We often have a private relationship with God – silent prayers, reading the Bible alone, or singing worship songs in the car. Giving our children a little insight into what we do gives them an example to follow. Could you play worship music in the house and sing along? Could you leave your Bible out, or tell your children what you just read? Perhaps you could ask them to pray for you? You could tell them what you learnt in church so that they see how that impacts you. Showing children that God is part of your life and that you spend time with him makes God and faith seem more real.
6. Pray at bedtime
Praying for your children before they go to sleep is a great way of showing our children our faith. Encourage your children to pray, even if they do it silently in their head. And don’t worry if they don’t want to. Just the fact that they know you trust God enough to talk to him is helpful. Think about how you can pray more specifically than just for a good night’s sleep too (we all need that!). Can you thank God for something, or pray for a situation at school?
7. Share a story
There are so many ways to share a Bible story with our children. You can just read it, or act it out, do a creative activity to illustrate it – however you and your child interact best. But could you tell them why you love that story? What does it show you about who God is? Knowing that they mean something more than just a ‘nice story’ really helps their understanding. If you have older children could you find an opportunity to tell them why you love Jesus? Why are you a Christian? They would love to know how you became a Christian, and your own personal story.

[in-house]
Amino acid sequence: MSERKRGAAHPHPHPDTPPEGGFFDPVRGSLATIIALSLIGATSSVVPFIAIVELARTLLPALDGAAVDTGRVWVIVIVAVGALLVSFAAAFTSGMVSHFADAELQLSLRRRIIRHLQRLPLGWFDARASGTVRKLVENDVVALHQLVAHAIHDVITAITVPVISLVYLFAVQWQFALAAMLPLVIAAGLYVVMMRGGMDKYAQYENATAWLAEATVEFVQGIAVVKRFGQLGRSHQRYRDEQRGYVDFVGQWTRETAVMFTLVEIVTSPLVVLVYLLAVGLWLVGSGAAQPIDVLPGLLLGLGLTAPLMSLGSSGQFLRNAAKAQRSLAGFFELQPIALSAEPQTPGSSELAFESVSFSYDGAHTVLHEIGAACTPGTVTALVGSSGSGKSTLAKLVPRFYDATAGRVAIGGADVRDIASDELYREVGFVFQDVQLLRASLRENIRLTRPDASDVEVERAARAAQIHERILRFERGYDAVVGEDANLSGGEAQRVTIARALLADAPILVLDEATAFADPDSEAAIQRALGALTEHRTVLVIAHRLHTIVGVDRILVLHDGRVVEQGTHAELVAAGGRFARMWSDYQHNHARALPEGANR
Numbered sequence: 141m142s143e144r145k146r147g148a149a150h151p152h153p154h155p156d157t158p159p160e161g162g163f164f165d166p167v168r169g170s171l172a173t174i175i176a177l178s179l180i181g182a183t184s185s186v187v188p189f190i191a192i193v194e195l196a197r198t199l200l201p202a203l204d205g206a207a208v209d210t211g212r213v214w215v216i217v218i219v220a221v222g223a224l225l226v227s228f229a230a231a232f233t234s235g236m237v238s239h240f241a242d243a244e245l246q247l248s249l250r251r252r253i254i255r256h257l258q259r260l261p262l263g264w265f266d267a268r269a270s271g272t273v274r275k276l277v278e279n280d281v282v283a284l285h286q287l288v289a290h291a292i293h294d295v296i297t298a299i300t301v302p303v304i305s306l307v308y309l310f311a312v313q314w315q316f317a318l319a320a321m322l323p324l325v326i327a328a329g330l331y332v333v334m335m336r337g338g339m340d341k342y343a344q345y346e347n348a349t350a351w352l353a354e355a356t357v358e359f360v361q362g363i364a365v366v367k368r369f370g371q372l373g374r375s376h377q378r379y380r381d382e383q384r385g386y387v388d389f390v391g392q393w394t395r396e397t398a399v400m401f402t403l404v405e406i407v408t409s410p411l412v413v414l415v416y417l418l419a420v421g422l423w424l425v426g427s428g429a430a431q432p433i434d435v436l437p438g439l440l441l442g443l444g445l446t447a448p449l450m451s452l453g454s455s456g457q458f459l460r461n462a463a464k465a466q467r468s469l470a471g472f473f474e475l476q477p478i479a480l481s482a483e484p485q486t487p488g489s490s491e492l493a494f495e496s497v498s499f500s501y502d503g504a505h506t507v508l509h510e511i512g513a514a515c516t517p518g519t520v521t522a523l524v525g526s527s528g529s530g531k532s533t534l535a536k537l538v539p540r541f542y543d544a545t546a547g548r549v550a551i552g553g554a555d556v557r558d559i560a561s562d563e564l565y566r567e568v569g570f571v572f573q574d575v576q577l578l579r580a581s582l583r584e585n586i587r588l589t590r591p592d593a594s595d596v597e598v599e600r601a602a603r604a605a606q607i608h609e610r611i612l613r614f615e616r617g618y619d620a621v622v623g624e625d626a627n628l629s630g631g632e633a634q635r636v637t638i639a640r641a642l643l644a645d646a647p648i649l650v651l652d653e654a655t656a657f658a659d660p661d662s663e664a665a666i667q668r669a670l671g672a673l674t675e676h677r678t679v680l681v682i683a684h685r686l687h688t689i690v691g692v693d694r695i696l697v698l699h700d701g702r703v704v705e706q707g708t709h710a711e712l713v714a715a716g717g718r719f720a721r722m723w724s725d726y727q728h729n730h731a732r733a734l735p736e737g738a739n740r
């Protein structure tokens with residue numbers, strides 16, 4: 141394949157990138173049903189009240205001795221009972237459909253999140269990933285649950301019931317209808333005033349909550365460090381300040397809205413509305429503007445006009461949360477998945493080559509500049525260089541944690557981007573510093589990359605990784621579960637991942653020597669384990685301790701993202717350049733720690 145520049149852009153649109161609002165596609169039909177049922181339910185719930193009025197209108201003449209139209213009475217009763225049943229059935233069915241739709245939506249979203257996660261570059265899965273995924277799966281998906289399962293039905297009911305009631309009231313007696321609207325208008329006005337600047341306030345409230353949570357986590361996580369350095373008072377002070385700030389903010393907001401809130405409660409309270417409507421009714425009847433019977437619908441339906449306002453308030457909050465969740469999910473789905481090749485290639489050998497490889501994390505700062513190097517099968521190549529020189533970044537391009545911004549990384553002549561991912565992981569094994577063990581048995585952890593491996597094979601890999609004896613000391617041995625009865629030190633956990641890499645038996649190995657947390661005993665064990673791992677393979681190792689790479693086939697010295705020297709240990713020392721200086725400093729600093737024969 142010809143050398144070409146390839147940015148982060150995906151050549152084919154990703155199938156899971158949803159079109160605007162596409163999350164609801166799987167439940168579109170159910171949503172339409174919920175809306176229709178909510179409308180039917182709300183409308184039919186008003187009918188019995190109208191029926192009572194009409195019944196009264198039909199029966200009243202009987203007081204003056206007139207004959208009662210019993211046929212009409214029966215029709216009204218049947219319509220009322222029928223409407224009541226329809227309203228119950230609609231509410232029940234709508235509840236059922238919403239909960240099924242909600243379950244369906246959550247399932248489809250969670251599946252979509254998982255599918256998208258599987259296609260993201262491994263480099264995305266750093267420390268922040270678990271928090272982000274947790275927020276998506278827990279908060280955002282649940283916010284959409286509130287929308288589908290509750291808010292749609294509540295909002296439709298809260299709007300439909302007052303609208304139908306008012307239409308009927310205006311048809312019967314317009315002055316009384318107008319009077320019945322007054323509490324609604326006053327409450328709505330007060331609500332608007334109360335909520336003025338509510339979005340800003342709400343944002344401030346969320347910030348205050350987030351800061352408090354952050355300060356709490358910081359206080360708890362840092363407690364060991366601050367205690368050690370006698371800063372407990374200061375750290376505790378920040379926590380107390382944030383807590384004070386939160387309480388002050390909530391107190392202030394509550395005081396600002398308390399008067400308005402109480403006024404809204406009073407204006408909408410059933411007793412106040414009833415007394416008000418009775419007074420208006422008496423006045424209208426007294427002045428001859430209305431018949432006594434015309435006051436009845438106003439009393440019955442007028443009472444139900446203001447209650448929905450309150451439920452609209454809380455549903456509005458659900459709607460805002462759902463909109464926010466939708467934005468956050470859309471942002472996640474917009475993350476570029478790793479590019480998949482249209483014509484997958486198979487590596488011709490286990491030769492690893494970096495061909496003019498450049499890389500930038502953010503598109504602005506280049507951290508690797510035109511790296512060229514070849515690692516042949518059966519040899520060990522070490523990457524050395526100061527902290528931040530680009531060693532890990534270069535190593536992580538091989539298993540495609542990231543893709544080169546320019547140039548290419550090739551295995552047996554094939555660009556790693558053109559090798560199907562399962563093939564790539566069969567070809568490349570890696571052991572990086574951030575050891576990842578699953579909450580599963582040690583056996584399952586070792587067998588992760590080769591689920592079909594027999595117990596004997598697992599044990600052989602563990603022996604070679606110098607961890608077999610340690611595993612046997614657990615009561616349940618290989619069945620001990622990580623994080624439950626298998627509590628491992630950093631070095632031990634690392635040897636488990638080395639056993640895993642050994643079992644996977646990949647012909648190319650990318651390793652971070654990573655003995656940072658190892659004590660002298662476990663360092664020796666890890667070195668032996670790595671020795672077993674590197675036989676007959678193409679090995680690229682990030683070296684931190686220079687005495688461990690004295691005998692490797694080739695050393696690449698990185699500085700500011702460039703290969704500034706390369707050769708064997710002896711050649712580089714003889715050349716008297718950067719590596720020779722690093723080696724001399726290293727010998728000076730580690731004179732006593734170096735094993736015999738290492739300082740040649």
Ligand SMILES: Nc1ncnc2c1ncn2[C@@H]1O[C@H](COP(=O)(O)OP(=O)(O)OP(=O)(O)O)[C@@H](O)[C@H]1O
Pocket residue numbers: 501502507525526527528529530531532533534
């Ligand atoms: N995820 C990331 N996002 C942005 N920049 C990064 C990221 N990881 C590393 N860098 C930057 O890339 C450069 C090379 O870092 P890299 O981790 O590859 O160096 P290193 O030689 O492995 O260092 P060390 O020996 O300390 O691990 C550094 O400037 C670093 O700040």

8. Meet up with others from church
Do you have any good Christian friends? Spending time together with your children (and theirs if they have them) can help relationships develop, so that there are others who love Jesus in their lives as well. Just having fun together and showing the love of the wider family of God is so important. And as they grow up they have other friends or adults they can talk to when you’re not so popular! Ask God to show you which families could be the perfect fit for you.
9. Offer an explanation
It can be really easy to assume that children know why we do things. But have you ever explained to your children why you go to church? Why do we sing songs together? Why do we make time to talk to people and be kind to them? Often these simple explanations can make a big difference to understanding why we do what we do. It will help your children to join in and give them motivation too.
10. Find a time to pray
We know how important it is to pray for our children, but it’s so easy to forget and let it slide. Life gets busy, or there are more pressing crises that we bring to God.
But nothing beats praying that our children will grow up to love Jesus. Can you find a way to remind yourself to pray for them?
That might be every time you see a specific picture of them on the wall. Perhaps before you go to bed you can pop into their room and pray for them. Or could you meet with other parents and pray for your children together? Whatever works for you, whenever you can – it’s worth it!